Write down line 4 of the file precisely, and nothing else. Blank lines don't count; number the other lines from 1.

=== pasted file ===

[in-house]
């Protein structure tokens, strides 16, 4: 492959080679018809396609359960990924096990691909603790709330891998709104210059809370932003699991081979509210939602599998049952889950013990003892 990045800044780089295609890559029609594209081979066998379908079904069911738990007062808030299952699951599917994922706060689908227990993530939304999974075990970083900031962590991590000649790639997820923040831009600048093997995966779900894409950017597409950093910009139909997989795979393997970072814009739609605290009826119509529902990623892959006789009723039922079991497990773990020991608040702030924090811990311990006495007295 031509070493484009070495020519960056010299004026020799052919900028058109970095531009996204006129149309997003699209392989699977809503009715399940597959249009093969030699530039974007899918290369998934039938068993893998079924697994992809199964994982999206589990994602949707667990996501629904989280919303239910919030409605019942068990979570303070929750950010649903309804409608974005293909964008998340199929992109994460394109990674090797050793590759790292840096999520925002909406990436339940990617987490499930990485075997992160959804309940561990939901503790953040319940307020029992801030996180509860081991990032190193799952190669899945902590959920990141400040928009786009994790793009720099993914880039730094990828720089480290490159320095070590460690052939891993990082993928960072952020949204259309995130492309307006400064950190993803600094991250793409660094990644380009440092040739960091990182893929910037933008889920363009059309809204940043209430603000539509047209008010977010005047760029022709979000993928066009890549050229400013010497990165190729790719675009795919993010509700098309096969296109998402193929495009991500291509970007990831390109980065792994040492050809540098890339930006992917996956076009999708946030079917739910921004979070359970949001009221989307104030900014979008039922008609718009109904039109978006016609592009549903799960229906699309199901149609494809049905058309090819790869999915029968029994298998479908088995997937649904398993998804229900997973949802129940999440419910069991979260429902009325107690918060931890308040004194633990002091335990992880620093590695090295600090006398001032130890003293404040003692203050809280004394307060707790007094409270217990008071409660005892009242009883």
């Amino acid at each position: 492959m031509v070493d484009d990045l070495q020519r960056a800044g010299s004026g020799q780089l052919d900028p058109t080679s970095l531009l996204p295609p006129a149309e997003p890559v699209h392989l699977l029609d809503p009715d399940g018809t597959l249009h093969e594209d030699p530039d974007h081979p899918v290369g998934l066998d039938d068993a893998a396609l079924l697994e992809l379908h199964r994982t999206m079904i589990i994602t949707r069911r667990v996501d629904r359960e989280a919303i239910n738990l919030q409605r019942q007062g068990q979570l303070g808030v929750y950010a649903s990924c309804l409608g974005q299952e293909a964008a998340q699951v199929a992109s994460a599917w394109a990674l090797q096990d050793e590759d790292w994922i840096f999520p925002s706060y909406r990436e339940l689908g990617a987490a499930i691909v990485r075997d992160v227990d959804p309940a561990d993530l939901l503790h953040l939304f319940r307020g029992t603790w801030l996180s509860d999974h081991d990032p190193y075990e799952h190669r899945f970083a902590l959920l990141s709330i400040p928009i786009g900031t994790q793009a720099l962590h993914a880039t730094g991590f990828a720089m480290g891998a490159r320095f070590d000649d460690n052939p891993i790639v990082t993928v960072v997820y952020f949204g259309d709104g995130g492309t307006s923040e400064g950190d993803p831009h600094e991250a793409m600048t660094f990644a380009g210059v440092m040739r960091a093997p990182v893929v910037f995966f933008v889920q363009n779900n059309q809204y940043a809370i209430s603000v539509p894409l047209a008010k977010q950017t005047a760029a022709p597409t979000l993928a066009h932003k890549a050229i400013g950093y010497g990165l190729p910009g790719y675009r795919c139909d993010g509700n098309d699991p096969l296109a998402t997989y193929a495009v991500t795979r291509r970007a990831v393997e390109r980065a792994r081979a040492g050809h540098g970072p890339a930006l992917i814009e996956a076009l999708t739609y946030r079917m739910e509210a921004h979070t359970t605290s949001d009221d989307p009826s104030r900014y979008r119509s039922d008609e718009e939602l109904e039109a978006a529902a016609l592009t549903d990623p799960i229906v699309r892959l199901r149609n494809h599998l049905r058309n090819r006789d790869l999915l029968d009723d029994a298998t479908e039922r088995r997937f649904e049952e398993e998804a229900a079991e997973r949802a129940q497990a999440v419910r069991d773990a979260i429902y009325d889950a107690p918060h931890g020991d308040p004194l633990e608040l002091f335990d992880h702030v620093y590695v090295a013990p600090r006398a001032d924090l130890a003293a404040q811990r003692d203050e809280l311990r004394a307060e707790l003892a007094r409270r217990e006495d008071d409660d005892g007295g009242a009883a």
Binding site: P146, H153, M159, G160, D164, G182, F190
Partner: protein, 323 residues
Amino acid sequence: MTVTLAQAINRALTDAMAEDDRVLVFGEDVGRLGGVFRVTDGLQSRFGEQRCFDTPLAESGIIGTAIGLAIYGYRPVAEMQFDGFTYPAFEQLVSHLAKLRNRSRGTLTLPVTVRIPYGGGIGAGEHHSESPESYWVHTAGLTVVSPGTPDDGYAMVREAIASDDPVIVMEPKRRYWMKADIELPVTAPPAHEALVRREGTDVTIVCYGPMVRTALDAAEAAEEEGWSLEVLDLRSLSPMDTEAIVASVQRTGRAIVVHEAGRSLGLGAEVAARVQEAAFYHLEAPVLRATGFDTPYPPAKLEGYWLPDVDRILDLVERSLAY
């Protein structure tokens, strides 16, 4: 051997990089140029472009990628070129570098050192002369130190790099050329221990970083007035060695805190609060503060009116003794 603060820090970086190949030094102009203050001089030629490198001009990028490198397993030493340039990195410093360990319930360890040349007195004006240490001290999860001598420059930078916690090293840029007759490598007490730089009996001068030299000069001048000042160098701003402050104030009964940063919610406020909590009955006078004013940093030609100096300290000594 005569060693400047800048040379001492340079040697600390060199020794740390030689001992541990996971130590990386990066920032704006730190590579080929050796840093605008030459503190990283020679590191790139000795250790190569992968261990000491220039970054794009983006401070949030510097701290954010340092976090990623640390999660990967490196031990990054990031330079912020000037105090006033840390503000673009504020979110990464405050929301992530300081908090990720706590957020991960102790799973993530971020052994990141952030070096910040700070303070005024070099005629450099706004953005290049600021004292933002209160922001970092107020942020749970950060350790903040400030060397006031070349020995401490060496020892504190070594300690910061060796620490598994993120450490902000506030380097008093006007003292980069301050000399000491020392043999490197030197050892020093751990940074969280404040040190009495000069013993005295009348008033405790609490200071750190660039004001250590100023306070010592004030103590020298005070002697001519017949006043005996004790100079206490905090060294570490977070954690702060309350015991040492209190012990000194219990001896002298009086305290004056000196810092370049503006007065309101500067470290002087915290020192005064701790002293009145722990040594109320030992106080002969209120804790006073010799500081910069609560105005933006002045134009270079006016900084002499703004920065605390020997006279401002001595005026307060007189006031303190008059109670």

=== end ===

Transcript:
Binding site: P146, H153, M159, G160, D164, G182, F190